“My original direction…(was) to find what other business besides(Corp.) there was (in Indiana),” Shepherd says of his early sales assignment with Fanuc 16 years ago.
He was so successful Fanuc eventually brought Shepherd to the Detroit area to figure out how to grow its business overall, not just in Indiana.
“I could begin to see a pattern to how some of the best practices and the best solutions were working,” he says.
That led to Stuart creating his own firm, Shepherd Solutions Inc., four years ago to help automotive companies, mostly Tier 1, 2, and 3 suppliers, develop better selling practices for their complex products.
Shepherd currently has 16 customers, including the Society of Automotive Engineers, which is hosting its annual World Congress here this week.
“They have this huge book of business and this very broad variety of pieces to sell, so they are going from a product orientation to people selling to corporations,” says Shepherd of the SAE.
“They used to use 10, 15 people selling to a particular corporation, selling all the pieces of SAE.,” he says. “Now they have a customer relationship manager that is responsible for the entire business relationship with that corporate customer, one person.”
Shepherd attended last year’s World Congress to analyze the organization’s sales process at the time and interview attendees on what they liked and didn’t like about the show.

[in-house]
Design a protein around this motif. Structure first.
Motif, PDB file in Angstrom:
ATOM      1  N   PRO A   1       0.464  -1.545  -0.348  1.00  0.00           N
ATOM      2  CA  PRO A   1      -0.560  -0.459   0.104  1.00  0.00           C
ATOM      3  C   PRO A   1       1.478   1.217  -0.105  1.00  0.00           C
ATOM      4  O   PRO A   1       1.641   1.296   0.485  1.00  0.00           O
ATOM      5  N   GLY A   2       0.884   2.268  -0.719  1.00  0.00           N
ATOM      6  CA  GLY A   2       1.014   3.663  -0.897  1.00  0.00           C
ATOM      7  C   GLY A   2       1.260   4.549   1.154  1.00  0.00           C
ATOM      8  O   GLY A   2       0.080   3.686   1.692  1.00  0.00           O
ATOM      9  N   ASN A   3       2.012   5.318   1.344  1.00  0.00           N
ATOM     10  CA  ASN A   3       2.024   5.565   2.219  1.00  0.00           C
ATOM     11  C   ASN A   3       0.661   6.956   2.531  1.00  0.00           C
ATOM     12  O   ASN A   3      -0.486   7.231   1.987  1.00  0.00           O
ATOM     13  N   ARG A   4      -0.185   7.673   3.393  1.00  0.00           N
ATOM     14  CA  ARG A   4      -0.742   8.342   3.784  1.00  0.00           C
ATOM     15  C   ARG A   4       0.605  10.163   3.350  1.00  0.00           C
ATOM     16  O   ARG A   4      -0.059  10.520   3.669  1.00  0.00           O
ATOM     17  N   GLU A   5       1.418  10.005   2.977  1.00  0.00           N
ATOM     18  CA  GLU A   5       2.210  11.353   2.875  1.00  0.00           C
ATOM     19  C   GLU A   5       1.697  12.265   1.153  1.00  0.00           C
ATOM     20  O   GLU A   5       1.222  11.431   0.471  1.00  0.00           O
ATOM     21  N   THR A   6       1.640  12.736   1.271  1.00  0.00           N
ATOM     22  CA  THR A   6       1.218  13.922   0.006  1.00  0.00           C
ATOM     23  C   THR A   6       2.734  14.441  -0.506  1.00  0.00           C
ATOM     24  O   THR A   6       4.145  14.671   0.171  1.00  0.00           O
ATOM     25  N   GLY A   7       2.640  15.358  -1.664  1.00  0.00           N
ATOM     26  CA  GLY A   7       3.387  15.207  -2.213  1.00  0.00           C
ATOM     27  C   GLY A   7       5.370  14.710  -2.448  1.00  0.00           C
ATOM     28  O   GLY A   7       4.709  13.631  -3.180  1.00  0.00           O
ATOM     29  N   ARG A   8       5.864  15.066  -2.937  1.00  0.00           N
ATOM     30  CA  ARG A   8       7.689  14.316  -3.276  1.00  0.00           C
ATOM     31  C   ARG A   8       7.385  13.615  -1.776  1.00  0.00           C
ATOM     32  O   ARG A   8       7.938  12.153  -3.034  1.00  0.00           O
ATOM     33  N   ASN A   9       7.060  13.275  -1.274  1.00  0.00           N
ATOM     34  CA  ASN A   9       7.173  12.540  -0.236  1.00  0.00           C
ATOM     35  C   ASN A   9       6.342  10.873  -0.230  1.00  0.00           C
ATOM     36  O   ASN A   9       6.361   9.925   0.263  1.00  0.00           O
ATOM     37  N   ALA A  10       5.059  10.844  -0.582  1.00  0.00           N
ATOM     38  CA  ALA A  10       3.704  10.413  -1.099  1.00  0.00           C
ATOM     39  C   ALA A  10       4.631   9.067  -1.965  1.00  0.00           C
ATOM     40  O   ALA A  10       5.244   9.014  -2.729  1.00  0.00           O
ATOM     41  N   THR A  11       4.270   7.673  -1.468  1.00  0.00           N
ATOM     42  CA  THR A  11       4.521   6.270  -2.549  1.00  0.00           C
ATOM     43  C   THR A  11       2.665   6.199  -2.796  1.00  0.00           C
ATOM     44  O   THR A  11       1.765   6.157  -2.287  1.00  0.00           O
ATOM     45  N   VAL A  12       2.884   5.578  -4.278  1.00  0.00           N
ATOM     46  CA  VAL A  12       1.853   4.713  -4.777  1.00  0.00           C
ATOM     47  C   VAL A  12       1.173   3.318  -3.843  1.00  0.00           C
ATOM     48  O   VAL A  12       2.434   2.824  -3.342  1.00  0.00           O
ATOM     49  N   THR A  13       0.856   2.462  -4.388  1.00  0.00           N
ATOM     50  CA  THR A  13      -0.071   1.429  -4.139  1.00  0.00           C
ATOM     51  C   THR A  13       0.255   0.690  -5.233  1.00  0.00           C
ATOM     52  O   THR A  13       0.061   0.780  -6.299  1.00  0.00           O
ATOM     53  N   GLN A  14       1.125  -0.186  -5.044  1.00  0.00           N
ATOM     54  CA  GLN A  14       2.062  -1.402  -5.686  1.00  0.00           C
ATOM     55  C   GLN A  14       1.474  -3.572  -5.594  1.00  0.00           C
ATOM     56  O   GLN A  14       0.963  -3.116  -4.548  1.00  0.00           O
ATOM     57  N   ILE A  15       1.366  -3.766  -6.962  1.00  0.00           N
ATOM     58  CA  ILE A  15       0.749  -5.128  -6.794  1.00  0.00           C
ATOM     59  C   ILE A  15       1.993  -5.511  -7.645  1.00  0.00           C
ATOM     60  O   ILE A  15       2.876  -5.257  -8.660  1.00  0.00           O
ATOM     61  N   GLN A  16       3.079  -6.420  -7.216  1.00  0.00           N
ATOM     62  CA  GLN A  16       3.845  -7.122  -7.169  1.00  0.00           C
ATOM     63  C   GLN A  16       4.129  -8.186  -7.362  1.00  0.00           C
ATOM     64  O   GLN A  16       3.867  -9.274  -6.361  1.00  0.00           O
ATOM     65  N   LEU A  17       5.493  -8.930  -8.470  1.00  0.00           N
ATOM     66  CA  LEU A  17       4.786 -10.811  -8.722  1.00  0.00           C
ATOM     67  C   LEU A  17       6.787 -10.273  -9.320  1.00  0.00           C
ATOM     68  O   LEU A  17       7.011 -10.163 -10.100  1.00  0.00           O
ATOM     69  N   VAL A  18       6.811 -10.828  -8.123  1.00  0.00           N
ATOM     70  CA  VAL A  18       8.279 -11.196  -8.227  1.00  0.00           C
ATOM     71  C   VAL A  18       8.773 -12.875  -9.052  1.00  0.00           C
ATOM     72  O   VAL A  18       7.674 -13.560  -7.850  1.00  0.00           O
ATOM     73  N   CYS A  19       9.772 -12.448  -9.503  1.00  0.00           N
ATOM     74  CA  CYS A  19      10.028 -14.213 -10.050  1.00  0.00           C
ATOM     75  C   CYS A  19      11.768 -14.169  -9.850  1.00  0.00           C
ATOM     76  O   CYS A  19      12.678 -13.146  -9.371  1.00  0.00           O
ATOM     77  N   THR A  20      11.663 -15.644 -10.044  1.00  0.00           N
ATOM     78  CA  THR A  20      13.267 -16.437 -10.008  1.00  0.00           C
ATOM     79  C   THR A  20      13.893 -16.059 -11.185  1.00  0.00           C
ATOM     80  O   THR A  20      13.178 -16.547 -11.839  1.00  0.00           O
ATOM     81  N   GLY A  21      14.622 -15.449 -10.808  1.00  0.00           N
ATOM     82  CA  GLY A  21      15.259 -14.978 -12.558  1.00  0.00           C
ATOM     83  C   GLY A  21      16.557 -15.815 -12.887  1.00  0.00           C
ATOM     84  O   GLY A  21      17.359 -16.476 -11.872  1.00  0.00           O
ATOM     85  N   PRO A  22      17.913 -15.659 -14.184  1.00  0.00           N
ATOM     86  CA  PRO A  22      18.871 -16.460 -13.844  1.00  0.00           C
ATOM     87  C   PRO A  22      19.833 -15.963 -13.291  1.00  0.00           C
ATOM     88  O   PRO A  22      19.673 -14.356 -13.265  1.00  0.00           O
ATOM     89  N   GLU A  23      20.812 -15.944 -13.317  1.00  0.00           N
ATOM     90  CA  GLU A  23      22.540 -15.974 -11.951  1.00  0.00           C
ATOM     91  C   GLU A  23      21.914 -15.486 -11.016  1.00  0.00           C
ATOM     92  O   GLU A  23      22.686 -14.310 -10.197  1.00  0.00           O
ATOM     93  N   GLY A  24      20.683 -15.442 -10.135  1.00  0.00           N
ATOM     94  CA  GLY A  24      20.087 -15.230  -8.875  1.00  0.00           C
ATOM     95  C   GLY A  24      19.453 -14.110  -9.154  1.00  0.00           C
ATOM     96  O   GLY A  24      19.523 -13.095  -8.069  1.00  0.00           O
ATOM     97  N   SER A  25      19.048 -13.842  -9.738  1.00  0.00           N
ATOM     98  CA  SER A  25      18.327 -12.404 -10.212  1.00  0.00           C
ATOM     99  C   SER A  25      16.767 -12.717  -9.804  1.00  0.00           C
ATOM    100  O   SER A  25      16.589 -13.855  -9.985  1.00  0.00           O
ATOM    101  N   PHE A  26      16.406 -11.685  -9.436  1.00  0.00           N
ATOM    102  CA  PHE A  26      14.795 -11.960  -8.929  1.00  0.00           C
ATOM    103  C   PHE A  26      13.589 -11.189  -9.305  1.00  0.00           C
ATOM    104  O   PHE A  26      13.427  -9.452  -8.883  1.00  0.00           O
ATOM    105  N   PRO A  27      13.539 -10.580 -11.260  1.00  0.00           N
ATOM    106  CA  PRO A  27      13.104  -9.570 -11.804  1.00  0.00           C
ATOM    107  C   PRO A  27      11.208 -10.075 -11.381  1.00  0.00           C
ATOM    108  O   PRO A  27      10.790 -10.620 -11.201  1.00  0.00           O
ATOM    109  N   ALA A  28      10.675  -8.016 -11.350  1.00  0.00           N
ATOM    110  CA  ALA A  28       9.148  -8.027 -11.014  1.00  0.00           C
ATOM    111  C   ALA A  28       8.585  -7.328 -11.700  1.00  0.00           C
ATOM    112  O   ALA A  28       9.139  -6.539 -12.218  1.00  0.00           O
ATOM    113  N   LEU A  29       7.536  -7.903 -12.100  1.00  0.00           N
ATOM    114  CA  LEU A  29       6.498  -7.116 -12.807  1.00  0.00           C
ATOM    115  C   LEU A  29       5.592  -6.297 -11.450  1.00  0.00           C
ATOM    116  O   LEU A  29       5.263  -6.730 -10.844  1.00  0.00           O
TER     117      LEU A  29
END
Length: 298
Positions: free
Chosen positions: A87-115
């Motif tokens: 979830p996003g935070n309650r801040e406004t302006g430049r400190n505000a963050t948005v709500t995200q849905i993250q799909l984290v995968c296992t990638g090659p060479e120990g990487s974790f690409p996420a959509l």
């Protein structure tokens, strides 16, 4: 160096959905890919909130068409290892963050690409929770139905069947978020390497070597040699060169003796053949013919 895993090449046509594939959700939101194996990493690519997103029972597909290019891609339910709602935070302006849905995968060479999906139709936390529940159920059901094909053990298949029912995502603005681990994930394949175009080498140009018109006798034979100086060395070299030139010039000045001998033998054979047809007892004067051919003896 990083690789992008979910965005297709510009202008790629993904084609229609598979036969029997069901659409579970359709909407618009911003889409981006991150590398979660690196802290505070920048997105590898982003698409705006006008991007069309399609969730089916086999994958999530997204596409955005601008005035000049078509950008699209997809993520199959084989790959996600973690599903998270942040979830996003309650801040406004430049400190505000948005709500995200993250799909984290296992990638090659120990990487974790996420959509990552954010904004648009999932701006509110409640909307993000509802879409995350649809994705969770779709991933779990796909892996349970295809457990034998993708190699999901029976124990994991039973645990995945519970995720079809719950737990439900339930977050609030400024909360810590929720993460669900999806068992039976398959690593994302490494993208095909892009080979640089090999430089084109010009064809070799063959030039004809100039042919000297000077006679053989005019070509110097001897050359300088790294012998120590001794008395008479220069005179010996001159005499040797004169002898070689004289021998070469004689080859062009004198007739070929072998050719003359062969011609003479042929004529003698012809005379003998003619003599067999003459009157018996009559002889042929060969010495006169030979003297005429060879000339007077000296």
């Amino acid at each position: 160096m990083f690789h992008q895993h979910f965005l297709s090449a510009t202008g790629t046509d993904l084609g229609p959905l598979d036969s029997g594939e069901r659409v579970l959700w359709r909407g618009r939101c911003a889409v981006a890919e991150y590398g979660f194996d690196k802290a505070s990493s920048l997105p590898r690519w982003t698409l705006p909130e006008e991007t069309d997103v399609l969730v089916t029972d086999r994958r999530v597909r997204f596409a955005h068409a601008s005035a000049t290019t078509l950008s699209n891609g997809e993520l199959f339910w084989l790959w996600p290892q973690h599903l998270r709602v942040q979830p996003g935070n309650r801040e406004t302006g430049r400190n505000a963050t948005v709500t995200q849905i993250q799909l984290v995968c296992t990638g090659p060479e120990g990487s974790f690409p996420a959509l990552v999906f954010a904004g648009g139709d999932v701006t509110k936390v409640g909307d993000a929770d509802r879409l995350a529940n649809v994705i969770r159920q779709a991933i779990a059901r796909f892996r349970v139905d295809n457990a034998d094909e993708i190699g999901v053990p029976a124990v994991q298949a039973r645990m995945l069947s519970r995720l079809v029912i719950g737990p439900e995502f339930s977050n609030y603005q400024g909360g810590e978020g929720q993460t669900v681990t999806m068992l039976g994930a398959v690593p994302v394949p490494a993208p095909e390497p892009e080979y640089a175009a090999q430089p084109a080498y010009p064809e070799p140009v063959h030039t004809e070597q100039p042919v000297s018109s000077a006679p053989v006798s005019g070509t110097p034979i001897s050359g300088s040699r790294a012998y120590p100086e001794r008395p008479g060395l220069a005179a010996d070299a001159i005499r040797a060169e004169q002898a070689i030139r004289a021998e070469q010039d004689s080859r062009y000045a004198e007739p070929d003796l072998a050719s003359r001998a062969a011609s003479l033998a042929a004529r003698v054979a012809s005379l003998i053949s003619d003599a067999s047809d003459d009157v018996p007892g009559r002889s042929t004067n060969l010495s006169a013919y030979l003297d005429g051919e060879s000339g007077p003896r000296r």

“It’s very early in the process of actually rolling this out to the marketplace,” but Shepherd says SAE is on its way to hitting revenue goals this year.
“They’re hearing feedback from their customers that say this more holistic approach, single point of contact, is less confusing and better and easier.”
A longer-term client with which Shepherd has had success is Stuart’s former employer, Fanuc, which he says has grown “substantially” outside the automotive industry and continues to lead not just in total North American sales but in each of its major market sectors through a structured sales approach.
“And Fanuc Robotics has never been known as the lowest-cost supplier of robots in the marketplace; they demand a premium price,” he says.
While he agrees most organizations, with the possible exception of non-profits, have begun to use a structured sales process, many companies are inconsistent in their specific sales practices.
“They still have a wide variety of sales styles (with) which they approach the customer,” he says. “How do you know that the marketing campaign is working if everybody is doing their own thing?”
Shepherd’s client list in large part consists of North American companies, but Stuart says Shepherd also has performed consulting services for an Italian firm that wants to enter the North American market.